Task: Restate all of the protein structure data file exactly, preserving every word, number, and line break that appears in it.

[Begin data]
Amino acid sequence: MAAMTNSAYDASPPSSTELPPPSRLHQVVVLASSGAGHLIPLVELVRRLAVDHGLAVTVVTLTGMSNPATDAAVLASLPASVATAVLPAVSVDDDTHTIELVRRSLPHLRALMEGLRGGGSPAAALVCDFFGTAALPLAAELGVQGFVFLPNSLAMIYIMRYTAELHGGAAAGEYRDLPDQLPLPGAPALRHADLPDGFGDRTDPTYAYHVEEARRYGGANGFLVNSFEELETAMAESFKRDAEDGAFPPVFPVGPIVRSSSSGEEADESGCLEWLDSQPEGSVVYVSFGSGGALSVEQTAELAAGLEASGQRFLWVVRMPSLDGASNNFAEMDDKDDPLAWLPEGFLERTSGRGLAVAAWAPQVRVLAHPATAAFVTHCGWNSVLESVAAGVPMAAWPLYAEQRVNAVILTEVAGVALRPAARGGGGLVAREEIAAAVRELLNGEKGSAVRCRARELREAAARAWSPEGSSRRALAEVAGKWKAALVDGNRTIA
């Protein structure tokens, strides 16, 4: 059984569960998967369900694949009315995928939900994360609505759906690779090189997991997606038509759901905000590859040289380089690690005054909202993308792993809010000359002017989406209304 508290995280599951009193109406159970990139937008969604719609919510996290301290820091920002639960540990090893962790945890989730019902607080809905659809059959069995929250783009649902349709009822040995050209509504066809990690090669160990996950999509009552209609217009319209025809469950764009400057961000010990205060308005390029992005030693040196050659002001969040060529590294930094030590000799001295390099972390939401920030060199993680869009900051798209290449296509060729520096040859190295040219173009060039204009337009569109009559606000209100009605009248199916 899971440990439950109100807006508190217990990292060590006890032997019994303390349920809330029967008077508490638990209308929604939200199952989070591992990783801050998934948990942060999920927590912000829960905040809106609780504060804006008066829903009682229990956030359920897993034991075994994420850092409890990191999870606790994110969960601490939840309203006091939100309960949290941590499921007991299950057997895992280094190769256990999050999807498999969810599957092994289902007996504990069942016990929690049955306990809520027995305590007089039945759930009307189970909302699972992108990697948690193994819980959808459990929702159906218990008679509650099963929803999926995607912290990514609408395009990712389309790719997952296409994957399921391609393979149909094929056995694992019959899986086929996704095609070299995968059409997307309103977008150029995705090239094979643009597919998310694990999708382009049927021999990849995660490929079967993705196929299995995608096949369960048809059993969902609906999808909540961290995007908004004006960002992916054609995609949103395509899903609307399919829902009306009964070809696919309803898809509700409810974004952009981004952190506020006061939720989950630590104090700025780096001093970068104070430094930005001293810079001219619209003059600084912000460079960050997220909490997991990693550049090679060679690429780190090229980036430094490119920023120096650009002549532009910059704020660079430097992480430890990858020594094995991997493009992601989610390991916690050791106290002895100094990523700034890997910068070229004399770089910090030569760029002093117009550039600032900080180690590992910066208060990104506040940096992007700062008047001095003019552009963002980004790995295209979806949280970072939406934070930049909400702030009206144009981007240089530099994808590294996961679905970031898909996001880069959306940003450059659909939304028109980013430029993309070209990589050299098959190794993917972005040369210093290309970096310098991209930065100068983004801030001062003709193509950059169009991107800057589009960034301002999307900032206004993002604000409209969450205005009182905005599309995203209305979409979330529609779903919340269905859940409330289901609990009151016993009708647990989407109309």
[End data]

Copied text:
Amino acid sequence: MAAMTNSAYDASPPSSTELPPPSRLHQVVVLASSGAGHLIPLVELVRRLAVDHGLAVTVVTLTGMSNPATDAAVLASLPASVATAVLPAVSVDDDTHTIELVRRSLPHLRALMEGLRGGGSPAAALVCDFFGTAALPLAAELGVQGFVFLPNSLAMIYIMRYTAELHGGAAAGEYRDLPDQLPLPGAPALRHADLPDGFGDRTDPTYAYHVEEARRYGGANGFLVNSFEELETAMAESFKRDAEDGAFPPVFPVGPIVRSSSSGEEADESGCLEWLDSQPEGSVVYVSFGSGGALSVEQTAELAAGLEASGQRFLWVVRMPSLDGASNNFAEMDDKDDPLAWLPEGFLERTSGRGLAVAAWAPQVRVLAHPATAAFVTHCGWNSVLESVAAGVPMAAWPLYAEQRVNAVILTEVAGVALRPAARGGGGLVAREEIAAAVRELLNGEKGSAVRCRARELREAAARAWSPEGSSRRALAEVAGKWKAALVDGNRTIA
């Protein structure tokens, strides 16, 4: 059984569960998967369900694949009315995928939900994360609505759906690779090189997991997606038509759901905000590859040289380089690690005054909202993308792993809010000359002017989406209304 508290995280599951009193109406159970990139937008969604719609919510996290301290820091920002639960540990090893962790945890989730019902607080809905659809059959069995929250783009649902349709009822040995050209509504066809990690090669160990996950999509009552209609217009319209025809469950764009400057961000010990205060308005390029992005030693040196050659002001969040060529590294930094030590000799001295390099972390939401920030060199993680869009900051798209290449296509060729520096040859190295040219173009060039204009337009569109009559606000209100009605009248199916 899971440990439950109100807006508190217990990292060590006890032997019994303390349920809330029967008077508490638990209308929604939200199952989070591992990783801050998934948990942060999920927590912000829960905040809106609780504060804006008066829903009682229990956030359920897993034991075994994420850092409890990191999870606790994110969960601490939840309203006091939100309960949290941590499921007991299950057997895992280094190769256990999050999807498999969810599957092994289902007996504990069942016990929690049955306990809520027995305590007089039945759930009307189970909302699972992108990697948690193994819980959808459990929702159906218990008679509650099963929803999926995607912290990514609408395009990712389309790719997952296409994957399921391609393979149909094929056995694992019959899986086929996704095609070299995968059409997307309103977008150029995705090239094979643009597919998310694990999708382009049927021999990849995660490929079967993705196929299995995608096949369960048809059993969902609906999808909540961290995007908004004006960002992916054609995609949103395509899903609307399919829902009306009964070809696919309803898809509700409810974004952009981004952190506020006061939720989950630590104090700025780096001093970068104070430094930005001293810079001219619209003059600084912000460079960050997220909490997991990693550049090679060679690429780190090229980036430094490119920023120096650009002549532009910059704020660079430097992480430890990858020594094995991997493009992601989610390991916690050791106290002895100094990523700034890997910068070229004399770089910090030569760029002093117009550039600032900080180690590992910066208060990104506040940096992007700062008047001095003019552009963002980004790995295209979806949280970072939406934070930049909400702030009206144009981007240089530099994808590294996961679905970031898909996001880069959306940003450059659909939304028109980013430029993309070209990589050299098959190794993917972005040369210093290309970096310098991209930065100068983004801030001062003709193509950059169009991107800057589009960034301002999307900032206004993002604000409209969450205005009182905005599309995203209305979409979330529609779903919340269905859940409330289901609990009151016993009708647990989407109309």